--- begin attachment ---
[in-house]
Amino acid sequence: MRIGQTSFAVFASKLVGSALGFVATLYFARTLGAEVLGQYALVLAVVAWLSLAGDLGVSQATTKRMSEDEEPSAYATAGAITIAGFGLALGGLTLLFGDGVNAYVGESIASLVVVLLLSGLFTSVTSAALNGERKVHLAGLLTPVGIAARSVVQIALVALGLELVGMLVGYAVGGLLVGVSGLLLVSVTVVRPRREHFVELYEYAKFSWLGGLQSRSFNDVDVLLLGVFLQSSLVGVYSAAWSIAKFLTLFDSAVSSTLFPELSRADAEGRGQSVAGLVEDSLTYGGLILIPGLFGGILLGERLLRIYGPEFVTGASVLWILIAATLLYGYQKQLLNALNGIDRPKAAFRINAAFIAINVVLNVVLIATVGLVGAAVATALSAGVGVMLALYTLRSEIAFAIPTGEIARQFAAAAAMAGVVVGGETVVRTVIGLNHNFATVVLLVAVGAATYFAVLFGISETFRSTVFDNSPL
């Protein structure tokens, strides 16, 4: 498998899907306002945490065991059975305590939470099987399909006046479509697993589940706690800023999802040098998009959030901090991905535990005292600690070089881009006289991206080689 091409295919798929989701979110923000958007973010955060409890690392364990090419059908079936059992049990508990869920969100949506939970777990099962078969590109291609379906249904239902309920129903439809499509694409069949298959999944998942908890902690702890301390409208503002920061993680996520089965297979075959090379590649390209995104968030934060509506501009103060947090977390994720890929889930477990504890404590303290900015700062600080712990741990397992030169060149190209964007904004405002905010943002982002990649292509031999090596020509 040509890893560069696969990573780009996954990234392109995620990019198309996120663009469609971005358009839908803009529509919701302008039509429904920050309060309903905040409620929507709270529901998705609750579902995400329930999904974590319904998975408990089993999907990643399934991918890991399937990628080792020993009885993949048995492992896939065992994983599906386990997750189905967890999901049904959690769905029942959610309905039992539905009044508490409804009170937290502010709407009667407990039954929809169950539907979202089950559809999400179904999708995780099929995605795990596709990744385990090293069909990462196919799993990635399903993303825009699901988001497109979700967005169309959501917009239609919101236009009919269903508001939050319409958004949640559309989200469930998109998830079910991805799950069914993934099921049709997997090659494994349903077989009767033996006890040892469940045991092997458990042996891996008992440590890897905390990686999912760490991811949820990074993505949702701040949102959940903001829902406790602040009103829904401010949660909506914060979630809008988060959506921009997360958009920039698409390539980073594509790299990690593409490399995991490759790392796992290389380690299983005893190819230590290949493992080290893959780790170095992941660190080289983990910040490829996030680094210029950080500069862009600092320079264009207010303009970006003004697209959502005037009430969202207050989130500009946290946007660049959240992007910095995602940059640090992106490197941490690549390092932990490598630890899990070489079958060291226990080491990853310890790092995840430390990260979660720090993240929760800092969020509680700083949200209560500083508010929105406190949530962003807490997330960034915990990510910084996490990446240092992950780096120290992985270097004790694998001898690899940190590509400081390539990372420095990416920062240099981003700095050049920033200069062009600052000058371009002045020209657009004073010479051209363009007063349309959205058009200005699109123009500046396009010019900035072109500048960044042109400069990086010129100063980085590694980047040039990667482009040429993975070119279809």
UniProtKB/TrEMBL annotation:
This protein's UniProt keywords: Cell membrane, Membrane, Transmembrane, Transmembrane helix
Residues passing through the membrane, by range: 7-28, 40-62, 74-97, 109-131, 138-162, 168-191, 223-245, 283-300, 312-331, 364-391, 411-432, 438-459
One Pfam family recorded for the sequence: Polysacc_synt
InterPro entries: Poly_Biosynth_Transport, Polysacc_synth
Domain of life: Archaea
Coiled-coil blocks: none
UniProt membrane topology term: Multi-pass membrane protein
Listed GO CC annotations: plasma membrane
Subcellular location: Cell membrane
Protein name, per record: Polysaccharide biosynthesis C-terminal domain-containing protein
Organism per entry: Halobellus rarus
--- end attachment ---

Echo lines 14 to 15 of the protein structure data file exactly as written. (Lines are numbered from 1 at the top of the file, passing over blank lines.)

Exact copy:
Protein name, per record: Polysaccharide biosynthesis C-terminal domain-containing protein
Organism per entry: Halobellus rarus